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Flat-Coated Retriever

Flat-Coated Retriever is a wonderful family companion, happy, self-assured, and willing to please.

Overall Status

Height 22 to 24.5 inches
Temperament Cheerful, Optimistic, Good-Humored
Weight 60 to 70 pounds
Life Expectancy 8 to 10 years
Coat Color Black
Barking Level Medium

Quick Factors

Dog Friendly
Exercise Need
Grooming Needs
Strangers Friendly
Family Affectionate
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Daily Care

Grooming Tips

This breed has a straight, moderately long coat that stands up to cold weather, cold water, and rough brush. The beautiful coat may look high-maintenance, but it’s easy to care for with weekly brushing to remove dead hair and distribute skin oils.

A Flat-Coat who isn’t a show dog needs only a lick and a promise to stay reasonably clean and attractive. Trim his ears and feet occasionally for neatness if you like. If he spends as much time in the water as a typical Flat-Coat, you probably won’t need to bathe him frequently, but rinse him thoroughly if he’s been in a chlorinated pool, ocean water, or a lake with algae in it.

The rest is basic care. Trim the nails as needed, usually every couple of weeks. Keep the floppy ears clean and dry to ward off bacterial or yeast infections. Brush the teeth frequently for overall good health and fresh breath.

Exercise Tips

The Flat-Coated Retriever will need 60 to 90 minutes of exercise every day. This breed needs a backyard to run around in, although he will behave himself indoors. But if your dog isn’t getting enough exercise, he’ll take it out on your household possessions.

If you’re part of an active family, the Flat-Coated Retriever is the dog for you. This dog will run and play until you tell him to come inside. Take your Flattie out on all your outdoor activities. This includes hikes, swims, jogs and bike rides.

Feeding Tips

This is one active dog, so you’ll need to feed your Flat-Coated Retriever accordingly. Depending on what dry-food kibble you are feeding your dog, the amount will range from 3.5 to 4.5 cups a day, divided into two meals. And you should always feed your Flattie a high-quality dry food.

Health Tips

The Flat-Coated Retriever main health concerns are cancer, bloat, hip and elbow dysplasia, entropion, distichiasis, glaucoma and progressive retinal atrophy. As well, this breed can also suffer from hemangiosarcoma, fibrosarcoma, osteosarcoma and malignant histiocytosis.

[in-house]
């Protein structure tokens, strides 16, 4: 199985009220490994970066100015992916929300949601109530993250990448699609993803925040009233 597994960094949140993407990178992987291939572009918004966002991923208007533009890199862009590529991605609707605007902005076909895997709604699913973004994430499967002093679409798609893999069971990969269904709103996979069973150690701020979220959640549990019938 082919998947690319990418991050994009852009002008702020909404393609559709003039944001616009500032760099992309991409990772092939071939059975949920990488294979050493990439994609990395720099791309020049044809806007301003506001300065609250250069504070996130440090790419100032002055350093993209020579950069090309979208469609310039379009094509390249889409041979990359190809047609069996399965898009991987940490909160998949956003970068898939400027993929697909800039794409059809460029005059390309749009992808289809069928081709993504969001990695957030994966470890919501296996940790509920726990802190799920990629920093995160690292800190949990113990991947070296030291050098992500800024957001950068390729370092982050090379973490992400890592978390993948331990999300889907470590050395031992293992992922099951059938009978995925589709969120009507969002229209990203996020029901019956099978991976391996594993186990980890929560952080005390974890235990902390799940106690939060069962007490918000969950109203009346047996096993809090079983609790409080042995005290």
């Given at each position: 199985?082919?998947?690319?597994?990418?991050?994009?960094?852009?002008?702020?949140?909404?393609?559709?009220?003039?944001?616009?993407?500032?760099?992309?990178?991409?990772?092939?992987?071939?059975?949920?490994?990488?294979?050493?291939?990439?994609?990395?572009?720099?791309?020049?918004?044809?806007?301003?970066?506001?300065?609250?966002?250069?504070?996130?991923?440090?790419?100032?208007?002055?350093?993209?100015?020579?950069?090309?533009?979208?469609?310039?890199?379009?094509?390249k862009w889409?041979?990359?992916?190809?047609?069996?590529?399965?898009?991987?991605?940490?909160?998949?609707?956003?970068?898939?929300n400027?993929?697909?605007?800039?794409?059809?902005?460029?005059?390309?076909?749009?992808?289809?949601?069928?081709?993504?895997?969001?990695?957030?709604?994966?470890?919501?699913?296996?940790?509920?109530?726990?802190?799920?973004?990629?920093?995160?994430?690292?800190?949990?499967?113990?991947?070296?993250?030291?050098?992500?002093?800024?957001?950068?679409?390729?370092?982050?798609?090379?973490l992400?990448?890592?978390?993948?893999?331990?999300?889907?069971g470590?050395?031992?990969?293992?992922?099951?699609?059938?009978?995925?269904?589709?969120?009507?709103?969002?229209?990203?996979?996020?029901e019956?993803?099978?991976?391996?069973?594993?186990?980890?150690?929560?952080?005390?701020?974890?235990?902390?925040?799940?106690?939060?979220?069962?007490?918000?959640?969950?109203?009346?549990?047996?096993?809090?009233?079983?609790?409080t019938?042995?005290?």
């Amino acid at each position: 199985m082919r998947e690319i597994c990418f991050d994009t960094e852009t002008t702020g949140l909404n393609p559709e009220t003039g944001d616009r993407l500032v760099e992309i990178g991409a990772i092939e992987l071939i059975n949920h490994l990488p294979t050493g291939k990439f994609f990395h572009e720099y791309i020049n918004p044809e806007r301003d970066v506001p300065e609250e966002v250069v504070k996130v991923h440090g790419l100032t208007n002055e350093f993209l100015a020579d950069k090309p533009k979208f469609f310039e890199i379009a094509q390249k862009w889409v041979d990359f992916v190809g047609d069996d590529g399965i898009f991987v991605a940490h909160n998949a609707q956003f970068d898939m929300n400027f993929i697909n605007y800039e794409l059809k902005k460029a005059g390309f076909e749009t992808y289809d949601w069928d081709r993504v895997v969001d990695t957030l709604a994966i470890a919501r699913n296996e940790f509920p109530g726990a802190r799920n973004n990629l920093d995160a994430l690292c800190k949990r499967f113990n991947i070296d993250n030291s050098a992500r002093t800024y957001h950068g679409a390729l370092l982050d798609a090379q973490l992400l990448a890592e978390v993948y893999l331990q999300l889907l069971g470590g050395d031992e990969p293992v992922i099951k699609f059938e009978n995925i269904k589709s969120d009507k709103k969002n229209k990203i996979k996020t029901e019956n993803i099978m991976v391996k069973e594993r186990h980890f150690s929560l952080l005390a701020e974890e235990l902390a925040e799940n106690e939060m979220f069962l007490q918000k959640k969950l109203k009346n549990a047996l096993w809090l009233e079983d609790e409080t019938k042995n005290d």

The Flat-Coated Retriever is slow to mature and this means he can be a bit of a challenge to train. This breed can be willful and will test your boundaries. You’ll need to have plenty of patience and lots of rewards to get your point across with this breed.

Employ positive training techniques with the Flattie for the best results. Harsh discipline will only result in willful behavior, and since this is such a sensitive breed, you won’t make any headway with your training.

House training efforts may prove to be more fruitful. Introduce a crate as soon as possible – this will ensure that your Flat-Coated Retriever will stay out of trouble when you aren’t around to watch him.

Another habit you may need to break your Flattie from is coprophagy (eating poop). Pick up after your dog as soon as he finishes his bathroom break – that way, there will be no delectable morsels for him to eat.


The Flat-Coated Retriever was once considered a generic "Labrador" type dog, called a "Retriever Proper." It was developed in the 1800s from various retriever and spaniel water type dogs such as theNewfoundland,Irish Setter,Labrador Retriever,Irish Water Spanieland possibly theCollie.

Some of these dogs were born with a flat, wavy coat and eventually they were categorized as a separate breed becoming the Flat-Coated Retriever. The Flat-Coats became very popular until the beginning of the World War when their numbers dwindled and their popularity never reached those high numbers again.

More people choose to own a Labrador orGolden Retrieverbecause they are cheaper and easier to find. The Flat-Coated Retriever was recognized by the AKC in 1915. Some of the Flat-Coated Retriever's talents are retrieving, hunting, tracking, watchdog and agility.

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